No. While I'm not gonna be as hardcore as these guys (seriously lighten up... Religion isn't the reason the world sucks it's the people that led it and used it as their scapegoat), I will say that since not everyone is Christian and people decide to use religion as a means to discriminate. However morality can stem from one's religion, and if it doesn't discriminate, use it. Otherwise, don't. The Bible claims "Love above all else"... That means don't discriminate and be an ass. Simple.
While overall I think religion has been and is used as a moral compass for people throughout history, specific ideas/theologies that discriminate against any one certain group of people should be used with discretion and question. Ultimately all human beings, atheist or religious, have a moral compass that guides us to live our lives with similar ideas. My big issue with most religions is that we are using texts that are hundreds, if not thousands, years old to govern a modern society. This is what shariah law does and we see the consequences of an archaic way of governing. As humans we naturally change and evolve over time, whether it's physically or psychologically, and our belief systems and laws need to as well. The Bible never specifically states that gay marriage is illegal, but it does comment on the morality of homosexuality. Today this isn't so much a religious issue as it is a human rights issue. Other passages in multiple religious texts talk about the ethicality of slaves, even though this is one subject the majority of the country agrees upon. Ultimately, if you are going to use the bible or other religious texts as a base for our laws, you can either follow it completely or not follow it at all; you don't get to pick and choose in order to discriminate against others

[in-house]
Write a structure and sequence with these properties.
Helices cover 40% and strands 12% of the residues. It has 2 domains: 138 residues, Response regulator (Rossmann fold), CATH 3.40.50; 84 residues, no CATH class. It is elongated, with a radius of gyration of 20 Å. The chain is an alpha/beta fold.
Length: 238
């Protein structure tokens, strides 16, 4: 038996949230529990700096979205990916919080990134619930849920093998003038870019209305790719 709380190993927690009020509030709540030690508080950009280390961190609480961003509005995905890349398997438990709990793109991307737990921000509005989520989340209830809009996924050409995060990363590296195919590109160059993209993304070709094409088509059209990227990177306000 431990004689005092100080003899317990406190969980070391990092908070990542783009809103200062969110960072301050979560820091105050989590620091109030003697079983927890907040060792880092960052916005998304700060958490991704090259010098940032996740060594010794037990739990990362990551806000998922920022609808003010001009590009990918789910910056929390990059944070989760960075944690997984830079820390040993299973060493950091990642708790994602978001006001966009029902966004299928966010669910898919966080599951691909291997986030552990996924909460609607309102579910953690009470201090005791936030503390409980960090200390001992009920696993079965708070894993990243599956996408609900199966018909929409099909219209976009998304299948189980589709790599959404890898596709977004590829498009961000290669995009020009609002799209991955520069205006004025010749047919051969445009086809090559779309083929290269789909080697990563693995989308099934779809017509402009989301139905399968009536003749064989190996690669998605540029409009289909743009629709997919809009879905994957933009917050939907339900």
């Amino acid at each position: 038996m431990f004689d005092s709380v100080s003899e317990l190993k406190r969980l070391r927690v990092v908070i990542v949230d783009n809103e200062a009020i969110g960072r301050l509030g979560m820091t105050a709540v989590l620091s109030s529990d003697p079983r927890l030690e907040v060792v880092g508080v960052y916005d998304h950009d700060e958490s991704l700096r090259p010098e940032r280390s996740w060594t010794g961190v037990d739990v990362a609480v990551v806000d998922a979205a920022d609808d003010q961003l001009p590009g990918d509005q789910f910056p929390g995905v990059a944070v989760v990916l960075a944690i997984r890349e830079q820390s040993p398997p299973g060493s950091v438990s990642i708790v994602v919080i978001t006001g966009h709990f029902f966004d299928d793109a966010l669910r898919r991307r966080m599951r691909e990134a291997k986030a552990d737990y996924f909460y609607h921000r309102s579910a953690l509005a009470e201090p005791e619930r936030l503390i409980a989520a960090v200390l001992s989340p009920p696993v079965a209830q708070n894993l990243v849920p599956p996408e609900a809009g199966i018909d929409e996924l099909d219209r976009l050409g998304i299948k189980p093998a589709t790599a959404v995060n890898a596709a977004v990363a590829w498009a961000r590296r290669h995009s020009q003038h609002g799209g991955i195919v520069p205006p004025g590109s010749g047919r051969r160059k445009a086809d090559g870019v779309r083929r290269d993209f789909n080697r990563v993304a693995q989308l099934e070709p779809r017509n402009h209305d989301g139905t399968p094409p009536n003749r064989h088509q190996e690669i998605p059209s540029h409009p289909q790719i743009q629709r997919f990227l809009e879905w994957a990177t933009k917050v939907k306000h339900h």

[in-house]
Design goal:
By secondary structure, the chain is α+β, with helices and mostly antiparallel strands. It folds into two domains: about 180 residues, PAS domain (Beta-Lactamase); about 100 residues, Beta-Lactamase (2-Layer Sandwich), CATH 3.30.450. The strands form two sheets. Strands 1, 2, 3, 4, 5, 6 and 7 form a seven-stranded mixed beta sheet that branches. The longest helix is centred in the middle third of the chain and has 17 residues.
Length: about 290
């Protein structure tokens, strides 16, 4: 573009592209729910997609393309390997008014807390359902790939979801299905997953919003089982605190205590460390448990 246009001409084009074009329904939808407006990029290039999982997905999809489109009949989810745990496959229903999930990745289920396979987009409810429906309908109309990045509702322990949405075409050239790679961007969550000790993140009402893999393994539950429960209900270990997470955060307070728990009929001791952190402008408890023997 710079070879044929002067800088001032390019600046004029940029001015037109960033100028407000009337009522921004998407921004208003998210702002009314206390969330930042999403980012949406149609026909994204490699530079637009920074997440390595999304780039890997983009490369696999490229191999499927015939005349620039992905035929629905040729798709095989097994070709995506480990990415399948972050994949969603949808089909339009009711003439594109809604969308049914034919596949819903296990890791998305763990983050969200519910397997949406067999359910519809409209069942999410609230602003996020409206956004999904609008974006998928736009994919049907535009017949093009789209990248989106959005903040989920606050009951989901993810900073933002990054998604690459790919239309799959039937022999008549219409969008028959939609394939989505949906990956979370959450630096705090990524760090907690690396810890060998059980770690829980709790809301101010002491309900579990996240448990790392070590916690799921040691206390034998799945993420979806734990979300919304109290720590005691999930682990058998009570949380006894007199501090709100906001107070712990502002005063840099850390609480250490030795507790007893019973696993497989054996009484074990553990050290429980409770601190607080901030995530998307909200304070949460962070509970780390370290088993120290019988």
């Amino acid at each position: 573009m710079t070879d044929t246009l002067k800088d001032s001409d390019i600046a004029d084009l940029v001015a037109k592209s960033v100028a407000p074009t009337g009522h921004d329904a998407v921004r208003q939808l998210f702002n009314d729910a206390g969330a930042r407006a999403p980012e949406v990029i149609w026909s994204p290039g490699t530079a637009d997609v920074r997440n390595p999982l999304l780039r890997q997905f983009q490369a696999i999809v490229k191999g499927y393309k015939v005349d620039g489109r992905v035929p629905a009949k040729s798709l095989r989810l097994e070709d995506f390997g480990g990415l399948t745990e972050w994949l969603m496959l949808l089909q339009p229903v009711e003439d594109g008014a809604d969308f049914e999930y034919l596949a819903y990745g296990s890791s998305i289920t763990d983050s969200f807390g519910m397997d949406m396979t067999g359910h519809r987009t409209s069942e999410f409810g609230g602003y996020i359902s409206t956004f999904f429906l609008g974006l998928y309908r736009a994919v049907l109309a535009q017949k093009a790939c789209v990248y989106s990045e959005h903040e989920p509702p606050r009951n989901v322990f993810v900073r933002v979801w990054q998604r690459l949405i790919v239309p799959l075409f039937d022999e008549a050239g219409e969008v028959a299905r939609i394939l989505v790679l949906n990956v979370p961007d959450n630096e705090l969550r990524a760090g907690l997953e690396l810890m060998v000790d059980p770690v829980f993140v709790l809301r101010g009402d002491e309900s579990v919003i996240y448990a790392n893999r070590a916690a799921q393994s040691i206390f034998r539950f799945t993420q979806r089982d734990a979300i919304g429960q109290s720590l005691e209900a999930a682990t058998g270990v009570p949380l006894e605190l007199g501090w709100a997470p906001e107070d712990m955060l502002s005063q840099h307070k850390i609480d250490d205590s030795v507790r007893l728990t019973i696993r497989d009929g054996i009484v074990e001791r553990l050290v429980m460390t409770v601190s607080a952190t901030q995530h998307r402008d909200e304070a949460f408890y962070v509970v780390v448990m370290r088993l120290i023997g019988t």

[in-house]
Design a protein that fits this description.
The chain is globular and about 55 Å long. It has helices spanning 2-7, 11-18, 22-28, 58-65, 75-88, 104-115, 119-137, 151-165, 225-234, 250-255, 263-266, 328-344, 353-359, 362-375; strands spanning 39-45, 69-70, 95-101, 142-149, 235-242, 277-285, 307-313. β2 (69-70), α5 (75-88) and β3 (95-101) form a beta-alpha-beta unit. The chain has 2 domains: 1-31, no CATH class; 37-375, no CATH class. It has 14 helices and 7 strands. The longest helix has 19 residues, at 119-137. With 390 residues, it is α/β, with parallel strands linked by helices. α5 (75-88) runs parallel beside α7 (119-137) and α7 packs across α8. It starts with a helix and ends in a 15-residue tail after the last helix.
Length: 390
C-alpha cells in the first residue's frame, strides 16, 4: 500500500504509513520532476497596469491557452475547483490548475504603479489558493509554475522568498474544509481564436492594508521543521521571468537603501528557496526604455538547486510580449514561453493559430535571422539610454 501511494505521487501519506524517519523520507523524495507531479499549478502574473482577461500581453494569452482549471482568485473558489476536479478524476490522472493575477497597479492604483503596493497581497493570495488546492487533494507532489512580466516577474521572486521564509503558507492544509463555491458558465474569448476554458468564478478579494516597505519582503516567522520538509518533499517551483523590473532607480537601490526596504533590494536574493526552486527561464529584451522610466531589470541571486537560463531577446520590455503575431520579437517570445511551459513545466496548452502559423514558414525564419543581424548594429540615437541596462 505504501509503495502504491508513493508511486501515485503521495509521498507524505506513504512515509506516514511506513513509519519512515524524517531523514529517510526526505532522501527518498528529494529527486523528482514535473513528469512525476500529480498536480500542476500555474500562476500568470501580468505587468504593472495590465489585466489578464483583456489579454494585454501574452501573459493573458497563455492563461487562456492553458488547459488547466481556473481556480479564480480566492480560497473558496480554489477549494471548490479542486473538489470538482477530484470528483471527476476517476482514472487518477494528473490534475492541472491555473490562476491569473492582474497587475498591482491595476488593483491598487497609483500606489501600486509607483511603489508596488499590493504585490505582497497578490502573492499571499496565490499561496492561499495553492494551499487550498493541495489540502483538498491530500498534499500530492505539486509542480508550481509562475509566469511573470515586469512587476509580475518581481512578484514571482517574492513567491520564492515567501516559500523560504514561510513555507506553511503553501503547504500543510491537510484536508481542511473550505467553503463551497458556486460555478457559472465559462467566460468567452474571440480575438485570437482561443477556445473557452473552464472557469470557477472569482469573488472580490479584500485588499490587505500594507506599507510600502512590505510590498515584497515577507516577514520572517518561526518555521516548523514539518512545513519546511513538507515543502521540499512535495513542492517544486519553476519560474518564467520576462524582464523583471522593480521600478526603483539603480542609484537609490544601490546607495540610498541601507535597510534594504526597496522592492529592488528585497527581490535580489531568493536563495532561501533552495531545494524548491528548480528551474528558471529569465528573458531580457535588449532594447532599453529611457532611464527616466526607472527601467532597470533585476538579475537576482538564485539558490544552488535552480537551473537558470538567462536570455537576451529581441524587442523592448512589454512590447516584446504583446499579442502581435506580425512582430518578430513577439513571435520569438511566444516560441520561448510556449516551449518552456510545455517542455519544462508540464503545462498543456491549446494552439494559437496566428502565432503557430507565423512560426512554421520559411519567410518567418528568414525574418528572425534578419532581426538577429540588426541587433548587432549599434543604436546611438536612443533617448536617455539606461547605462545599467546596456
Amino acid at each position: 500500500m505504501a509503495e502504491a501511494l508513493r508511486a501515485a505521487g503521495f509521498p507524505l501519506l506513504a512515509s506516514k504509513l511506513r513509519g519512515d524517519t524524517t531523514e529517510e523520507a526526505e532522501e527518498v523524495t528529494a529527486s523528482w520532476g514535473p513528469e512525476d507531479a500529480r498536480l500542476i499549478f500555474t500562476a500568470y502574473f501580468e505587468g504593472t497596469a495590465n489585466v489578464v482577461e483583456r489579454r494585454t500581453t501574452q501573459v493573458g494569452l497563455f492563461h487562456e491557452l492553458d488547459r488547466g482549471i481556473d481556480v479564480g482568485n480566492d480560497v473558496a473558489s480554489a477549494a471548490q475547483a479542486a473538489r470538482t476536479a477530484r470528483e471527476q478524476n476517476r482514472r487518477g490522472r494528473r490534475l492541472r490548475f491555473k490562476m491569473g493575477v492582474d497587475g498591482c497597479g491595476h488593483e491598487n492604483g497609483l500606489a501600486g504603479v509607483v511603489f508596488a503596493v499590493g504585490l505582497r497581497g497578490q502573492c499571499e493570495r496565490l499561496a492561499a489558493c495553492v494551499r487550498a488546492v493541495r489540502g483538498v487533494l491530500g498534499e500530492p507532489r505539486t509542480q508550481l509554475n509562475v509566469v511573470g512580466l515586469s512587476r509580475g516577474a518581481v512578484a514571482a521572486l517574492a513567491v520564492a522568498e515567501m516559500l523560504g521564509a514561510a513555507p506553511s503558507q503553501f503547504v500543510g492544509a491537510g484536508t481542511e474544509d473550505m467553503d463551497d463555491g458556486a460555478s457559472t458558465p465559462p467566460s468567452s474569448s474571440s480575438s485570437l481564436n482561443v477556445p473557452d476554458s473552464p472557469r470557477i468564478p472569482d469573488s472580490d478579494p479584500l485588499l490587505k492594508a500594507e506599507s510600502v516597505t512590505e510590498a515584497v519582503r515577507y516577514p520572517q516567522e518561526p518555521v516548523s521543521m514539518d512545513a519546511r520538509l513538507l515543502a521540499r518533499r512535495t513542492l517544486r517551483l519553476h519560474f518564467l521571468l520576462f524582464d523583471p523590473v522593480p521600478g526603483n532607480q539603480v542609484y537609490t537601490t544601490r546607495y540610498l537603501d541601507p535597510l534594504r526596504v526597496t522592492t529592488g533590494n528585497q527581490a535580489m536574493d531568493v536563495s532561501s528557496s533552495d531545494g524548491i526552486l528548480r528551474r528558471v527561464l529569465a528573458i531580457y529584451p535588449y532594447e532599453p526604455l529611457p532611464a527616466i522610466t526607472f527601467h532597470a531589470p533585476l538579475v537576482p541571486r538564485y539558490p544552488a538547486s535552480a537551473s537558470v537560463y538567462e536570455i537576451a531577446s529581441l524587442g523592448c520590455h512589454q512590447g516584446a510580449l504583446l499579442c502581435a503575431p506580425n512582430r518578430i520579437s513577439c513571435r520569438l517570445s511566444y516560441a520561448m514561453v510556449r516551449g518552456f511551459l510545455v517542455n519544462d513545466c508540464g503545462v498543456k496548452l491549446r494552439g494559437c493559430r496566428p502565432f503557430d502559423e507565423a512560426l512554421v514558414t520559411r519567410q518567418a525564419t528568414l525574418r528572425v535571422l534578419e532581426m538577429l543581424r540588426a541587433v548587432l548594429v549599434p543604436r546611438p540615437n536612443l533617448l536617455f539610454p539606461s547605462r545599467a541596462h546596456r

Religion has opposed almost every moral progress in the world from every mitigation of slavery or step towards the better treatment of colored races to improvements in criminal law. Without secularism there is no moral progress. The more intense has been the religion of any period and the more profound has been the dogmatic belief the greater has been the cruelty and the worse has been the state of affairs. I have to say with this evidence that religion is the principal enemy of moral progress in the world. If religion influenced laws then slavery would still be legal and people would still be tortured and killed for their beliefs or lack of them there of.
In a secular society, religion should have absolutely NO role in determining or influencing laws. Religion must remain separate from government in order to make sure the religious beliefs or lack of religious beliefs of everyone in society is respected, otherwise it would be considered a theocratic form of government. Eventually society will collapse because or it. There is no reason why religion should be combined with politics or influencing laws in a civilized society.
The relationship between organized religion and nation state should be an "arm's length distance". Our society should not have any traces of theocracy. We should not depend on religion as a basis of our laws, if that were to be the case, our government would become oppressive. Religion must stay in the area of spirituality where it belongs and not influence politics.
A truly democratic government should not hold any religious bias in their legislation. Once religion gets involved those who are faithful in one religion will demand that the government grant them attention for it. This also creates another factor in forcing social inequality involving religious preference. Freedom of Religion is a must for a truly democratic government and that requires that the government does not hold a bias toward any specific religion. Once lawmakers start including religion in their legislation it can start a bad trend toward religious inequality and unnecessary laws that can become oppressive. Religion and government do not mix.